Thursday, May 9, 2013

Beijing Day 2: Highlights

Our second day in Beijing consisted of just two places to visit: the Great Wall and the Olympic Park. 

Part I: The Great Wall At Jinshanling 

We woke up at the crack of dawn -- day 2 of our three-day Beijing trip -- and discovered that it was snowing. We were a bit concerned that our Great Wall trip happened to fall on the one day when it snowed in this Beijing winter.

But Rick, our hostel's manager said, "Snow on the Great Wall is magical." 

We were picked up by a bus which arranges tours to the Great Wall at Jinshanling. Not many people know this, but the Great Wall of China has sections that are located in many different parts of the country.

The most touristy one is near Beijing, in Badaling. The one that we chose was a little farther on, in a mountainous section, 125 km away from the madding crowd. Jinshanling is, supposedly, the best preserved part of the Wall.

Snowy road on our way to the Great Wall at Jinshanling

Overnight, the snow had transformed Beijing into a kind of ethereal world, with snow capped trees and eerily white winding roads. The drive itself was exhilarating already. 

Part of the tour package was lunch, which included such delicacies as "boied" beef and potato and fried tomato with "ogg."

When we finally reached Jinshanling, about three hours later, we paid the entrance fee of RMB 40 (or around 260 pesos). Then our guide sent us away with the some very general directions ("turn left and return after half an hour for lunch"). It looked like we were to trek up the slippery, snowy steps all on our own. 

Jingshan cableway at the Great Wall of Chian 

Originally, we had planned to hike from Jinshanling, to another section of the wall called Simatai. This would have taken five hours, covering 10 kilometers. Now Simatai sounds very much like the Tagalog word for killing (pinatay), and I was pretty certain that a five-hour hike on steep, winding paths (90 degree climbs, in some areas) could very well do just that -- kill us. 

So, imagine my joy when we found out prior to the trip that the Simatai section was closed for repairs. Thank you Lord. 

But the sprawling section at Jinshanling was more than enough really. It was as amazing as I ever hoped it would be. We were literally the only people around for miles on end, and we had the snow-covered snaking wall and majestic mountains all to ourselves.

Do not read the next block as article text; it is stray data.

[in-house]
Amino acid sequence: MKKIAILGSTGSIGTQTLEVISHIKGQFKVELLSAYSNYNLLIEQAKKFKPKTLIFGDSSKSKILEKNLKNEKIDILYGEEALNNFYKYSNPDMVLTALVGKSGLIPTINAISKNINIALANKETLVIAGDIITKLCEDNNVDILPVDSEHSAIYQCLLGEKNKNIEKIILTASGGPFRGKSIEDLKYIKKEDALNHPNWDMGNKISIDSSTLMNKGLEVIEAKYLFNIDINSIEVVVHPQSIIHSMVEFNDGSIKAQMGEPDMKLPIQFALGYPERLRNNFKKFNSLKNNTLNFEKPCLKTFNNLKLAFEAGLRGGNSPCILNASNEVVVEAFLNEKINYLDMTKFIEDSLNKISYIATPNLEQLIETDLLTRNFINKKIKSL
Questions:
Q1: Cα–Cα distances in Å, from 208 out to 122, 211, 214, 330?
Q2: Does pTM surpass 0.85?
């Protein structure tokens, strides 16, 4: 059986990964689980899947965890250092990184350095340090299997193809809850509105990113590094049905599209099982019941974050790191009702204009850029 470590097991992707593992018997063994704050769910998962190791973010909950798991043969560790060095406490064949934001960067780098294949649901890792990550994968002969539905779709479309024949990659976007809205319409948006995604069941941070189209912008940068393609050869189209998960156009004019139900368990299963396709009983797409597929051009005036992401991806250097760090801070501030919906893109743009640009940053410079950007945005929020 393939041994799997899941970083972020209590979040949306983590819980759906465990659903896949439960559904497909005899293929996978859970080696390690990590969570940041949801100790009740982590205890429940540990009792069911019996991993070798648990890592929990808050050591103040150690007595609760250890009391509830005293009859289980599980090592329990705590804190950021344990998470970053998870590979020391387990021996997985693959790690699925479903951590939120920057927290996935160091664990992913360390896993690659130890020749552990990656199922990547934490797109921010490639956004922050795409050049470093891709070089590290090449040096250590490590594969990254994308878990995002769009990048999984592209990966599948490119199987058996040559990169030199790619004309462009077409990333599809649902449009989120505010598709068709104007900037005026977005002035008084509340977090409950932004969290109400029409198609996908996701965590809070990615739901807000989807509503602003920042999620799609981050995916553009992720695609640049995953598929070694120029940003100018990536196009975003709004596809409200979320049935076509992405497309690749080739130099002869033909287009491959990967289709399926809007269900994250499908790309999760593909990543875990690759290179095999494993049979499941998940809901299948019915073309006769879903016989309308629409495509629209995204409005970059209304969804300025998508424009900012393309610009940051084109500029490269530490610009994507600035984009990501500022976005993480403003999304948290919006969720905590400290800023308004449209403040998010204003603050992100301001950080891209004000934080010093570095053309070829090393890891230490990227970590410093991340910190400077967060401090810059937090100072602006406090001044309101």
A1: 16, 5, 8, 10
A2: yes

We climbed steep towers with their jawdropping views, 

The Great Wall of China at Jinshanling 

and took lots 

The Great Wall of China at Jinshanling 

and lots, 

The Great Wall of China at Jinshanling 

and lots 

The Great Wall of China at Jinshanling 

of pictures. 

PART II: The Olympic Park 

Because of a Discovery Channel show that documented the Beijing 2008 Olympic preparations, Jotham had long dreamed of visiting the Olympic Park. 

He had watched as the Bird's Nest and the Water Cube were built from the ground up, and he wanted to see these two iconic structures first hand. 

Which was why when the tour bus from Jinshanling dropped us off at our hostel, we lost no time in boarding another bus that would take us to Olympic Park. One thing about the Beijing buses -- because they are government owned and operated, they are electric buses that are super clean, and  super cheap. We paid only RMB 1 for the 4-km ride from Dongcheng district (where our hostel is situated), to Chaoyang district (where Olympic Park is). 

The Bird's Nest, Olympic Park, Beijing, China

The best time to visit is obviously at night, when the Bird's Nest and the Water Cube are all neon-lit and glowing. There is wide open space that separates these two landmarks, where people walk around, fly kites and take lots of photos.

Water Cube Olympic Park Beijing China

It doesn't like look like it but we were freezing while these photos were taken. Whenever we had to adjust our camera's aperture or light settings, we'd have to remove our gloves and expose our hands to the bitter cold. But anything for a good shot, right?

The Bird's Nest, Olympic Park, Beijing China

This last photo was taken at the bus stop, as we prepared to head back home. It's Jotham's photo and I think it looks like it was taken by a professional. 

PART III: Dinner At Otto's 

It was so late when we got back, and Otto's was the only restaurant that closed late (2am closing time). Recommended by our hostel's manager, Rick, this place quickly became one of our favorite restaurants in Beijing. Why? Because Otto's serves Cantonese style cuisine -- none of the tasteless nonsense that characterizes most of Beijing's food. Here it's all sweet, salty, saucy and all-around delicious. 

Now isn't that the biggest bowl of soup you've laid your eyes on? We were having a bit of trouble making ourselves understood by the waiter, so we ended up with a very large bowl of steaming hot soup. And yes, that is milk tea on the right. This was back in 2011, when the craze had not hit Manila yet. We ordered milk tea because everyone in Otto's was drinking one. 

We ordered prawns that are somewhat like Wee Nam Kee's cereal prawns. Plus a chicken dish in really tasty sauce. And no, we don't know the actual names of the dishes, having only pointed to pictures in the menu of what looked good. 

Thankfully, they were as good as they looked, and so it was that Beijing, Day 2, ended on a pretty high note. 

P.S. If you want to check out Otto's, here are the details of this great Beijing restaurant: 
Address: 72 Dongdan Beidajie, Dongcheng District (10 meters from the main street and across the Xiehe hospital)

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